Your living situation sounds utterly miserable. As a PP pointed out, being autistic is not a free pass for being a dick. Your other brother sounds aggressive. Both of them know exactly how to make you back off - and consequently they've trained you to modify your own behaviour (keep quiet, don't answer back).

Move out. And do it as soon as possible.

Aussiebean Thu 11-Jun-20 07:50:47

Read up on family dynamics particularly the ‘scapegoat’ see if that rings any bells.

I’m cross at your dad for not stepping in and telling your brother off for being so disrespectful. Shame on him.

anonymousdaisy Thu 11-Jun-20 17:45:40

@JustC I will definitely work on being more assertive. I can see the effects of this family dynamic bleed into other facets of my life as I am a people pleaser and quite a pushover.

@GrumpyHoonMain I definitely agree

@category12 It is quite sexist, yes. I have spoken to my parents about how I feel they treat my sister and I differently but it never really changes anything. I am definitely really conscious of my family dynamic and observing how I think it has occurred so that when I do have children I don't reproduce that dynamic.

@MaverickDanger I think that is what I think will happen in the future to me too.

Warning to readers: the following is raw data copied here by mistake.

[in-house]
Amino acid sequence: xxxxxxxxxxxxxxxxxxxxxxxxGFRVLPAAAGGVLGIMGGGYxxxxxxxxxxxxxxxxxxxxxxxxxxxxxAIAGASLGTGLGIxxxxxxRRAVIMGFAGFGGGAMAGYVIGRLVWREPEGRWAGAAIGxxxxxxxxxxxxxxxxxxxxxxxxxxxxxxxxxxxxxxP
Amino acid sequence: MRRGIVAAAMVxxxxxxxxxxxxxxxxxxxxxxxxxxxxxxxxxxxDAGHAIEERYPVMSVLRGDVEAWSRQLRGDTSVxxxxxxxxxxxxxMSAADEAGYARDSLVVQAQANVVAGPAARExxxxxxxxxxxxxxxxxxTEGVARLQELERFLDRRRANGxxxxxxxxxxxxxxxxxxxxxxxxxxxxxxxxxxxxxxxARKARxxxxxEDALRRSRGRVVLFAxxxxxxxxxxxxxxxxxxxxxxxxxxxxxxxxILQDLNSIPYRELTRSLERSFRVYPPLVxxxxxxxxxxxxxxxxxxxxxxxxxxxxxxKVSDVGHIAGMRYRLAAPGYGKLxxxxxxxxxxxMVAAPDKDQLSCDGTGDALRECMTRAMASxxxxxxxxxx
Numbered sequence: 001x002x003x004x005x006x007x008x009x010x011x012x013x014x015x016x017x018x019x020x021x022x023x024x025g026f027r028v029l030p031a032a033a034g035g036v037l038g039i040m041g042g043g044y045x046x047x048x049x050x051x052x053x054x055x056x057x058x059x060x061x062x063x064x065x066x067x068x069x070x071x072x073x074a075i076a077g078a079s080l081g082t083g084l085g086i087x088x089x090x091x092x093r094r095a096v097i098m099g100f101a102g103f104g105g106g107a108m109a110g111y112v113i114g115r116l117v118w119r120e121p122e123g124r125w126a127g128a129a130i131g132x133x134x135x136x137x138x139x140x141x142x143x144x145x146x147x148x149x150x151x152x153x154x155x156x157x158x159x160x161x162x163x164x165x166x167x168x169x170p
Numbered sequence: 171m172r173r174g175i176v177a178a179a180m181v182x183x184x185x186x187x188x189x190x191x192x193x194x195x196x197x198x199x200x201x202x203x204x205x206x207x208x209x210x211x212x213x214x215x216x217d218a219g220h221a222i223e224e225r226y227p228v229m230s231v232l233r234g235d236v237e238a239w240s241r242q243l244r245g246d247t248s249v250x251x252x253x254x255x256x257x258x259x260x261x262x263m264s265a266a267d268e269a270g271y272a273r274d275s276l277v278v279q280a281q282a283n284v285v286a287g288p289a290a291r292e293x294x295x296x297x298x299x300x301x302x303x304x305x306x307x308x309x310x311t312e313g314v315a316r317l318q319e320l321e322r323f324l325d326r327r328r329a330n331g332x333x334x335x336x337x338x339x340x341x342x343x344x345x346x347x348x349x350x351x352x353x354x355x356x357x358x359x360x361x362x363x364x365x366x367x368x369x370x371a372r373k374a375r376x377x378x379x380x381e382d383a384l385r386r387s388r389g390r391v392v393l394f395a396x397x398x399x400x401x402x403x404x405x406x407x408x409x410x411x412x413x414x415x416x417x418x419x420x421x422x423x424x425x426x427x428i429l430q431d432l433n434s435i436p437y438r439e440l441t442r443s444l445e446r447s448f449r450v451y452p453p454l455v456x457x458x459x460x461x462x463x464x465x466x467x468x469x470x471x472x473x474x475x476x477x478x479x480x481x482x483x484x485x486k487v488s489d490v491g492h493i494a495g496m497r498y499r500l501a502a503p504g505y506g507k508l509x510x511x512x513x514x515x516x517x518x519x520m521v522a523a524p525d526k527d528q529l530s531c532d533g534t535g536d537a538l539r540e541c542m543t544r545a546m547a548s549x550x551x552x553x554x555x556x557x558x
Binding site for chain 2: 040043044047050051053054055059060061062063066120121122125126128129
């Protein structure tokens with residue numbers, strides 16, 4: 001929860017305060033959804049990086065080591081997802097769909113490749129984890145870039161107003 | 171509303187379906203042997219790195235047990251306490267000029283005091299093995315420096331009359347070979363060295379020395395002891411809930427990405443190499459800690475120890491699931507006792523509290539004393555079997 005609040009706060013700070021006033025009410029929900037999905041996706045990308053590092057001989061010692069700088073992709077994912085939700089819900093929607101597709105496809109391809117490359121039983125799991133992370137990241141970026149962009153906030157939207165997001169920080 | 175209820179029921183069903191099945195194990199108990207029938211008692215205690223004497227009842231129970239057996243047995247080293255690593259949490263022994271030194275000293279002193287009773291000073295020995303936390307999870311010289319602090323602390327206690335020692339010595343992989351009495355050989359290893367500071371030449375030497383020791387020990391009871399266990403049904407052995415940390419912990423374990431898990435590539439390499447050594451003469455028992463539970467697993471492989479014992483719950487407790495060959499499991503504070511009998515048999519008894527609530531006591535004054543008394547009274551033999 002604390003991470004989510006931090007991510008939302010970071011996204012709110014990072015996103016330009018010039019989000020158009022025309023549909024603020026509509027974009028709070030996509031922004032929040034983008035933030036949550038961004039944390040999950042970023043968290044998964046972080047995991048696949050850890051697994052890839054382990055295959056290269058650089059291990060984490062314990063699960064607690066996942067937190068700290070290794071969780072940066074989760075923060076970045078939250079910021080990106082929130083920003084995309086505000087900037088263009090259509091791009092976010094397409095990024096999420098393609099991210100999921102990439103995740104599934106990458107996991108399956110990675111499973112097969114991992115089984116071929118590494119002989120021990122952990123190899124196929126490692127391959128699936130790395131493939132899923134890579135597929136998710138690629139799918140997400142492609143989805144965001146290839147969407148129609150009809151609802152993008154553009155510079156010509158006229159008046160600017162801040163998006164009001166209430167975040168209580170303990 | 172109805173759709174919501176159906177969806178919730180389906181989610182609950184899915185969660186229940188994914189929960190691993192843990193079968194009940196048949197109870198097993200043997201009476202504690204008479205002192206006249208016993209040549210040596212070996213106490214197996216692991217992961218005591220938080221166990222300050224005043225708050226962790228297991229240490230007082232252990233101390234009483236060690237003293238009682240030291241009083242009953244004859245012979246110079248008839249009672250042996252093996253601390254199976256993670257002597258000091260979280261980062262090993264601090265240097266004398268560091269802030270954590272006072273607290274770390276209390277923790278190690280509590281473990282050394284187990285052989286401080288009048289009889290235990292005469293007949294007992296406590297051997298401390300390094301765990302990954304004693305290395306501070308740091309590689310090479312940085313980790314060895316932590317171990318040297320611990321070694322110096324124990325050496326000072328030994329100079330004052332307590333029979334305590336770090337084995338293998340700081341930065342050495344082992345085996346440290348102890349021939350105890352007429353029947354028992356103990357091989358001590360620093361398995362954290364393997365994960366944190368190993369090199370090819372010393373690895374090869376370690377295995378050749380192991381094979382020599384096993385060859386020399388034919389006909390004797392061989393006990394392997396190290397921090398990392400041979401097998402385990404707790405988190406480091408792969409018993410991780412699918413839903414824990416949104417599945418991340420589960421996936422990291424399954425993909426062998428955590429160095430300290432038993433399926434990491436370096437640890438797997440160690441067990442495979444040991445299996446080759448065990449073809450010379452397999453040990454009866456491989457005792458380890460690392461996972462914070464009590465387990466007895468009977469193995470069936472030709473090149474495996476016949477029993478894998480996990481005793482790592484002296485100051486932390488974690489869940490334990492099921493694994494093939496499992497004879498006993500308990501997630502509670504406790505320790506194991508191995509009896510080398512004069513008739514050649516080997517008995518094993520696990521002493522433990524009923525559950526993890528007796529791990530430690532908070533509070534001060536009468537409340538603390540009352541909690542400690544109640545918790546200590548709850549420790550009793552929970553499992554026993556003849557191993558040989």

@Gutterton I have a really poor memory of my childhood even though I am young but from what I recall a lot of the time I would get blamed for arguments.

My parents never really enforced boundaries or discipline with us. I think they let things go for the sake of an easy life. As I have gotten older I have realised that what I thought was just easygoing, carefree parenting is actually pretty toxic. A couple of years ago my brother went into my bedroom and smashed my mirror because I had annoyed him and there was no response to that by my parents. Sometimes my brothers have sworn at my parents and been disrespectful and again, no response to that. They both hate arguments and conflict so would rather let them calm down and then my DM will usually go to them and say "are you ok? Do you want a cup of tea?" and then it's all forgotten about. I hate that their fear of conflict stops them from addressing things. Sometimes when I was a teenager I would speak up when I saw that happen and tell my parents that they should really stand up against my brothers and tell them that they shouldn't talk to them in that way and the argument would then turn to me and I would be told off for interfering whilst my brothers would not still not be told off for the original thing. Now I just let it go and ignore it.